Nashua nonprofit promotes amateur athletic competition in regional sports

Nashua nonprofit promotes amateur athletic competition in regional sports

Granite State Games hosts a girls softball game at New Hampshire Technical Institute in Concord. (Courtesy Mrinali Dhembla)

By Mrinali Dhembla

July 3, 2024

A Nashua-based nonprofit is promoting competitive excellence among high schoolers by providing a platform for athletes to play sports outside of school. 

Founded in 2015, Granite State Games helps young amateur athletes find outlets for their passion in sports by competing in regional teams. The organization includes sports like field hockey, soccer, softball, basketball, baseball, and volleyball, and there are teams from the Lakes region, the Monadnock Region, the Seacoast, and Southern New Hampshire. 

Granite State Games founding board member Wendy Sage-Matsis said that her own love for sports and experience raising children who also love them is what inspired her to bring this initiative to New Hampshire.

“We have four daughters,” she said. “Sports has pretty much been at the forefront of everything they’ve been involved in.” 

Sage-Matsis said that many other states, such as Illinois and Kentucky, already have similar youth amateur athletic leagues, and it was time that the Granite State had one, too. 

“It’s part of a national movement, I guess,” she said. “But also kind of cross the regions, and bring kids together who are always competitors. They now get to play as teammates and play for regional pride and represent their schools on a stage with other competitors throughout the state.”

The games are usually open for high schoolers to participate in, but occasionally the organization will allow rising freshmen to take part. 

In addition to providing the athletes with a space to compete and hone their skills, the nonprofit provides scholarships for  its annual summer games—held June 15-20 this year—as well as  training and practice sessions. 

The winning regions for this year were Coastal for field hockey and soccer; Lakes for volleyball; and Monadnock for softball.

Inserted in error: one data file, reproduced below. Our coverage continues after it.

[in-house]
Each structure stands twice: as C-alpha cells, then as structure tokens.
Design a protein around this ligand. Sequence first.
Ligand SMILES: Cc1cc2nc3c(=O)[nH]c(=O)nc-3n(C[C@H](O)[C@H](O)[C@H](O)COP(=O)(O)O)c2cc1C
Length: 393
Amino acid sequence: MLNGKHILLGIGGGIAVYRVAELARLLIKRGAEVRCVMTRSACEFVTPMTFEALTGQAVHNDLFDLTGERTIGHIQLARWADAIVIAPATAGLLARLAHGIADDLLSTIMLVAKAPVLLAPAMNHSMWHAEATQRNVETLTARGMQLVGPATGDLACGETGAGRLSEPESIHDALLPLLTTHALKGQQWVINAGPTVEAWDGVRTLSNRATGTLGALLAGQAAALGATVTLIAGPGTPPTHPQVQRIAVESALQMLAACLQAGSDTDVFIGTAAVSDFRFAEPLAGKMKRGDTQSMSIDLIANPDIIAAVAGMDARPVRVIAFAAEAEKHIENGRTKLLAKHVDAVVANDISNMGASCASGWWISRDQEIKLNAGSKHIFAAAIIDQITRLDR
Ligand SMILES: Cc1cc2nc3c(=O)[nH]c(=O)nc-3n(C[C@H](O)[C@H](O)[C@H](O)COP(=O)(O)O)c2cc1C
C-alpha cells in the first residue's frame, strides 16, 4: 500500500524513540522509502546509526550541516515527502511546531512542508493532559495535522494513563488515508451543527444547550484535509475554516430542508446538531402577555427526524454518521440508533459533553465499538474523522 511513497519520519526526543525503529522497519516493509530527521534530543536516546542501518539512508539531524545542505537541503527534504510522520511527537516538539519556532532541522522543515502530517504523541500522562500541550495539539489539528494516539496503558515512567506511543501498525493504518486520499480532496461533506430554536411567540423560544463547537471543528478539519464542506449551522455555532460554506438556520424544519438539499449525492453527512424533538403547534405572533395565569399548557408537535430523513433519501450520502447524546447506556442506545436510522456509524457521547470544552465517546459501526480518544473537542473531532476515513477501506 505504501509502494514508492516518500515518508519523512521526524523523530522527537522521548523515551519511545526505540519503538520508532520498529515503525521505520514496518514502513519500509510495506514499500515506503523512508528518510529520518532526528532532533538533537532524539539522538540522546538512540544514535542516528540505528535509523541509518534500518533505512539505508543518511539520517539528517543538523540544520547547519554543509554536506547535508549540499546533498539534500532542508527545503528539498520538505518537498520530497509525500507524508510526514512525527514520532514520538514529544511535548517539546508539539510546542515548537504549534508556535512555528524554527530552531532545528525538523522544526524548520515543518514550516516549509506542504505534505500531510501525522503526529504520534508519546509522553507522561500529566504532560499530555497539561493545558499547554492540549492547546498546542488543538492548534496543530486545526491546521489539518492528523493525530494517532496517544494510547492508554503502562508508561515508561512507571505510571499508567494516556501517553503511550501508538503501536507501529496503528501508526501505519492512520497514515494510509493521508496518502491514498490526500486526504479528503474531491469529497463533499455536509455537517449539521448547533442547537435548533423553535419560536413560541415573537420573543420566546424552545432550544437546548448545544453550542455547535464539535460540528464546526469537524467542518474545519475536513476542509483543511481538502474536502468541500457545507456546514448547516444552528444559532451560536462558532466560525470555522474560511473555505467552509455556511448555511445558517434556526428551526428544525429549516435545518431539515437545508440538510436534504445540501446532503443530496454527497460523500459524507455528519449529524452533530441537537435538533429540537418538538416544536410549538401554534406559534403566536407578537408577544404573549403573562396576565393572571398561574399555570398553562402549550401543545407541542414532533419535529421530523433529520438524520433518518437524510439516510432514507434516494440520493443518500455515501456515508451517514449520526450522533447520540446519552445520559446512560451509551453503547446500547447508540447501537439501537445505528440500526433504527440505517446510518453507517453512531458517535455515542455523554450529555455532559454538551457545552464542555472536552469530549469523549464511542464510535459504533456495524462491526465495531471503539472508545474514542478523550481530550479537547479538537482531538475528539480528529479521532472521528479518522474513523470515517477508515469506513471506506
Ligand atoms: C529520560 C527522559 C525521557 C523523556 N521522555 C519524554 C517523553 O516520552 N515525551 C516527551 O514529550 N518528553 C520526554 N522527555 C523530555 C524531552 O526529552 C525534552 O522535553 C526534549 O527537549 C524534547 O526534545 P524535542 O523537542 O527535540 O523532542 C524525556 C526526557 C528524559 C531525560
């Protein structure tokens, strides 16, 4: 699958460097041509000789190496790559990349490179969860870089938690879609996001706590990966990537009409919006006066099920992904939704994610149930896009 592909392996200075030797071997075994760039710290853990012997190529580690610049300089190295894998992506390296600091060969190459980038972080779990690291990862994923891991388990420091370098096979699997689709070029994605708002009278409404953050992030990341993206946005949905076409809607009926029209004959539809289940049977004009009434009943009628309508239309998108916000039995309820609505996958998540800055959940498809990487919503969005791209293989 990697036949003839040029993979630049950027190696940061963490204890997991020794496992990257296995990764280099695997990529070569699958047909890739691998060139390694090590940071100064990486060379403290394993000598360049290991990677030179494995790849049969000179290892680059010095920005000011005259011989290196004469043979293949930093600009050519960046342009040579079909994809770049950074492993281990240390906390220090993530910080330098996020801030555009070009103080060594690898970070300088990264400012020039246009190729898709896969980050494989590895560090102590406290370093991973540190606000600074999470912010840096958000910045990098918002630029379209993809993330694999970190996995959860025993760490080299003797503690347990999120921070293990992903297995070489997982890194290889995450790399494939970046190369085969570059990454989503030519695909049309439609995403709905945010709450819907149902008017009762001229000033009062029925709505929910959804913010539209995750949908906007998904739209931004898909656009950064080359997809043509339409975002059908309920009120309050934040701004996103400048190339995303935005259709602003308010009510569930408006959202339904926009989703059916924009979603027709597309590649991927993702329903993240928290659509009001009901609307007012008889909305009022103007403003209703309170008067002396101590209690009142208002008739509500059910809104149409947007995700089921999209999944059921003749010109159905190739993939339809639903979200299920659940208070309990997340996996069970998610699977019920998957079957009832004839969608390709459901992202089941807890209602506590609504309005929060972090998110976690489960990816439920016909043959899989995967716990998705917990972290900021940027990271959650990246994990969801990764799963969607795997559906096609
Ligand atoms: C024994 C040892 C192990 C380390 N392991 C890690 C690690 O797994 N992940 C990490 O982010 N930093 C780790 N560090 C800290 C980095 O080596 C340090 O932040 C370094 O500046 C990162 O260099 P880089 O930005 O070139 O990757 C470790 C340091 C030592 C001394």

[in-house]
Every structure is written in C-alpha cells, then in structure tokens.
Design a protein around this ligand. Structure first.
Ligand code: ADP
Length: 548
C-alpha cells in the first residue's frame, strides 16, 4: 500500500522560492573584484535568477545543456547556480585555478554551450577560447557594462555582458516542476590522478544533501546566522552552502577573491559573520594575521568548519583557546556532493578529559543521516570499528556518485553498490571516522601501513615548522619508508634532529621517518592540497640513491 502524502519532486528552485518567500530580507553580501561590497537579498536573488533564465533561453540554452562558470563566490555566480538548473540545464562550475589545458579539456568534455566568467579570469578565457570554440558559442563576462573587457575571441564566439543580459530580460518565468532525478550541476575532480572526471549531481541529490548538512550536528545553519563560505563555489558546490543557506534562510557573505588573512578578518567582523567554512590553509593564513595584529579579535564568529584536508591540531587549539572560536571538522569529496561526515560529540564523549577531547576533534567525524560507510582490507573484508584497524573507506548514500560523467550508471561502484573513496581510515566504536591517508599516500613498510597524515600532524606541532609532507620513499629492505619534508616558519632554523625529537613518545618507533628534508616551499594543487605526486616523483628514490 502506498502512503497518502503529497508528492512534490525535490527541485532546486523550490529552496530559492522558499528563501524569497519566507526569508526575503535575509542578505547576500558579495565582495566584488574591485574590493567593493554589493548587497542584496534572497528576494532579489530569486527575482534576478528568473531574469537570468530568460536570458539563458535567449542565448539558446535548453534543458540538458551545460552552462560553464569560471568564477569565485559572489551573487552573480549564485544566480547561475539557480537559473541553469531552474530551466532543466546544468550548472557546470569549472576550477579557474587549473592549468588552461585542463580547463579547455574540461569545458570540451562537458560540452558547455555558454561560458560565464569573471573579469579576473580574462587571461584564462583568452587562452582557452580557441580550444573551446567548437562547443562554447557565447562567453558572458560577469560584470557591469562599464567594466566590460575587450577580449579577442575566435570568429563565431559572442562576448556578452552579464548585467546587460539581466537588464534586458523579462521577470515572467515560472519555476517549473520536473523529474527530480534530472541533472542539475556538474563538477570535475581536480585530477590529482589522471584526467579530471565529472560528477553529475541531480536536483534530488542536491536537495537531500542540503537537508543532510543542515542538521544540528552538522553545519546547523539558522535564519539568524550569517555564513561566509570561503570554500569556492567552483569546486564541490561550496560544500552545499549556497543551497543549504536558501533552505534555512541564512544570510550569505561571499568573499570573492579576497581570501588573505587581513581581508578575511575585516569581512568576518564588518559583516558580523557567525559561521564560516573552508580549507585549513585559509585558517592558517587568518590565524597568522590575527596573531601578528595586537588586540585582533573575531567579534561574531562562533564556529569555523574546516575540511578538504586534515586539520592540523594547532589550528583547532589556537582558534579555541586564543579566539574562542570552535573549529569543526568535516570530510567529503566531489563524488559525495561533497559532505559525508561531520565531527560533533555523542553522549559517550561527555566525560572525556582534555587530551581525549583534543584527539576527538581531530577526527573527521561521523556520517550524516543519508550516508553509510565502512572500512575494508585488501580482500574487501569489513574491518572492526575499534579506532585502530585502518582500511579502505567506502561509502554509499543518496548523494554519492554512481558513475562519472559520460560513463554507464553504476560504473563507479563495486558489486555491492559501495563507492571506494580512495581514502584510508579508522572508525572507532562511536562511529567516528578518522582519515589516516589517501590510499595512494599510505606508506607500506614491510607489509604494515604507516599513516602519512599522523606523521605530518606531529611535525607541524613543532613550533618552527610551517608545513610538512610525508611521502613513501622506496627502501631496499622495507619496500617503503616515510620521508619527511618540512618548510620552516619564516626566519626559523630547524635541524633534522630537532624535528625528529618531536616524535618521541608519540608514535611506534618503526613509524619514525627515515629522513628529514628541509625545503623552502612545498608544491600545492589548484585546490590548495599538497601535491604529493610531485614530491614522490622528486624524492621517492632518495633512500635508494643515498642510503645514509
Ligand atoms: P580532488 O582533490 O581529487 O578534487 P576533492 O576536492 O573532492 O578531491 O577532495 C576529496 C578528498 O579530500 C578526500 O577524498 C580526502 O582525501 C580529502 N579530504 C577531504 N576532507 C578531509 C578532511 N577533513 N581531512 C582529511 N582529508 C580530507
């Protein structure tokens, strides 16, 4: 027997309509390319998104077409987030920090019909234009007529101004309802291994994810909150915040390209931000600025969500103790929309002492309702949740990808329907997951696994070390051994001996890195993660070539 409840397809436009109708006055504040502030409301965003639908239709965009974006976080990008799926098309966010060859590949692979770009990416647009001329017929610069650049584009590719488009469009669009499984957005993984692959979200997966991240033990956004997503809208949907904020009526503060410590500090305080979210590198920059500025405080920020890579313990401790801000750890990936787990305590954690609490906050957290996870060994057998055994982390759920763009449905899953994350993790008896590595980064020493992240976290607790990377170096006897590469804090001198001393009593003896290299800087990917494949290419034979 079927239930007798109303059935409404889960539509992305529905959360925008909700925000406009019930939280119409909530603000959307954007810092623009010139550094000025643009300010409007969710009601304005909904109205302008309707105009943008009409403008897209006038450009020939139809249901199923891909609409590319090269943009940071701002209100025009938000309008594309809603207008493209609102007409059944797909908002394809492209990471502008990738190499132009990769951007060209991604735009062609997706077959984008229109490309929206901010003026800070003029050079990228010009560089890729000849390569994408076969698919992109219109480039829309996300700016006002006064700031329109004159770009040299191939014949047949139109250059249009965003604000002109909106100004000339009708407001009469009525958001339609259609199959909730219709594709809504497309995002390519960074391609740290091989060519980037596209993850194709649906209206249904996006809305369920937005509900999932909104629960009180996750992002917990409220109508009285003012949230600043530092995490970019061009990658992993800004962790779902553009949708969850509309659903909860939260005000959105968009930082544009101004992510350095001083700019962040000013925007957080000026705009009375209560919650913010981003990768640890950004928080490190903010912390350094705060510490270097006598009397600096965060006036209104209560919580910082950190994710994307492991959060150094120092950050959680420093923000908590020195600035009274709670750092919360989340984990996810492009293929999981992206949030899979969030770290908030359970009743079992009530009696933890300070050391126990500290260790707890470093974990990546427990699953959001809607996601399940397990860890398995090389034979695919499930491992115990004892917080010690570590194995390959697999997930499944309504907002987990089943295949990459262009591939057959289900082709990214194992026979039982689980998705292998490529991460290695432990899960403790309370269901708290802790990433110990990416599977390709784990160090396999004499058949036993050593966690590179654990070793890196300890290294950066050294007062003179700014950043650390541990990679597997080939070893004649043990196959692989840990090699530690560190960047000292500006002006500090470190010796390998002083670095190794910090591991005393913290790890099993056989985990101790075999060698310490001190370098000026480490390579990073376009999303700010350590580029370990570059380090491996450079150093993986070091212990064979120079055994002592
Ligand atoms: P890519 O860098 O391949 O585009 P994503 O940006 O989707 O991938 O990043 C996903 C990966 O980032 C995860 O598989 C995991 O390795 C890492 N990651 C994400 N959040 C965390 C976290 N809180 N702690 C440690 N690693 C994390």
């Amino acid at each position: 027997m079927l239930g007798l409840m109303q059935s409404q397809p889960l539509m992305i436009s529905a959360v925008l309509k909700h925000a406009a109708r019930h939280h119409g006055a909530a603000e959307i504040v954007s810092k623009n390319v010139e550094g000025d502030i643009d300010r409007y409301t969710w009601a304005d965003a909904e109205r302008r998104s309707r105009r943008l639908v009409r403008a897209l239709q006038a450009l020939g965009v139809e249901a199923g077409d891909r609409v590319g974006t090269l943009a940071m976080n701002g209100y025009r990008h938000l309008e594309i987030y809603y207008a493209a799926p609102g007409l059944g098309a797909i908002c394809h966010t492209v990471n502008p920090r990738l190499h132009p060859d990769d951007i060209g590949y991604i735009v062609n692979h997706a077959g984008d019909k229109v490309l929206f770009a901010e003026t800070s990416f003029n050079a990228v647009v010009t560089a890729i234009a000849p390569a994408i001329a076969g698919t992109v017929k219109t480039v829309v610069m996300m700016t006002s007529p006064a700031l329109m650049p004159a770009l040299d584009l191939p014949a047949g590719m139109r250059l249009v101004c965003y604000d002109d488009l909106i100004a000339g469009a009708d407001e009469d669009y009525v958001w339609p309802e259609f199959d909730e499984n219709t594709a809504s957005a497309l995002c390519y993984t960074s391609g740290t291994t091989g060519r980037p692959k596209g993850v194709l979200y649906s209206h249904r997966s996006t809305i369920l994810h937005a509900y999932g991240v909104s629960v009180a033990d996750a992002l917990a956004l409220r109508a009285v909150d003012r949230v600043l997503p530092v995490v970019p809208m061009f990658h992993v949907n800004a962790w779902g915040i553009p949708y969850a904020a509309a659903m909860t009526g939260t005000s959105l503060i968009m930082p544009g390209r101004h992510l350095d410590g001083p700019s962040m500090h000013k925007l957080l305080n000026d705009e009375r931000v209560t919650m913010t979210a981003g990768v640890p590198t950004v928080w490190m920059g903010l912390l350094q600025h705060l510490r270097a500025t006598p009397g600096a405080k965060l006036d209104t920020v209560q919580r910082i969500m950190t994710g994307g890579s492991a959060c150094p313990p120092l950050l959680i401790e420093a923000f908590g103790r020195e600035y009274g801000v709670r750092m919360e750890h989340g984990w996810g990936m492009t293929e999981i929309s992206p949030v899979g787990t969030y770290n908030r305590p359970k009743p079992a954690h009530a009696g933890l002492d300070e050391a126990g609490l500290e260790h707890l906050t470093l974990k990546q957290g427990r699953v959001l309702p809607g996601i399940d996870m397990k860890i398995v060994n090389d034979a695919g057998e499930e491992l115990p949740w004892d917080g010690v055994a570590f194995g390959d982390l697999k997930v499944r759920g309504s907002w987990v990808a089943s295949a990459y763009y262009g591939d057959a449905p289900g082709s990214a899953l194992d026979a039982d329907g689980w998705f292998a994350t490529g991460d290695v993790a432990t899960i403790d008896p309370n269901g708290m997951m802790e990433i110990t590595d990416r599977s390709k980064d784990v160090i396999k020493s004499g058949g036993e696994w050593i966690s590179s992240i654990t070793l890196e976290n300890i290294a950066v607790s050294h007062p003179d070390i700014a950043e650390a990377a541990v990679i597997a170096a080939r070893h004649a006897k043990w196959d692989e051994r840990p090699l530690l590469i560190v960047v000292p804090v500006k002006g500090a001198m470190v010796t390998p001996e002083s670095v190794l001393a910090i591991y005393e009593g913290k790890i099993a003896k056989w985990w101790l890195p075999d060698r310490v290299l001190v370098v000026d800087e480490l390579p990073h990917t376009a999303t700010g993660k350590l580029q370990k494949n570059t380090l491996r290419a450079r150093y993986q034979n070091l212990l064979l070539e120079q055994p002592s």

“The directors from each sport then name their coaches for each region,” Sage-Matsis said. “Some of them will hold practices for a couple months leading up to games. Some might get together for a day or two.”

Sage-Matsis said that there is a spot for almost everyone (although tryouts are still held) who may be interested, regardless of skill level, because the organization’s core mission is to increase participation and inculcate sportsmanship in young Granite Staters. 

“And what we’ve tried to do is if a team is full, but somebody’s really interested in playing, we don’t want to say, ‘oh, sorry, you can’t play, ’” she said. “ If there’s a region that needs players, we’ll just share players.”While the organization charges a registration fee, it works  to keep its rates minimal by sending 70 % of its proceeds back into scholarships and donations, and spending 30 % on operations by seeking sponsors and selling Granite State Games merchandise. 

“We’re not looking to make money. We give scholarships away every year as well,” Sage-Matsis said, adding that the organization names eight recipients of Tom Ducharme scholarships every year. 


  • Mrinali Dhembla

    Based in Manchester, Mrinali Dhembla is Granite Post's multimedia reporter. She's previously worked as deputy editor at The Keene Sentinel, and has experience writing for many national and international publications. When not doing journalism, she likes to cook food (and eat it).

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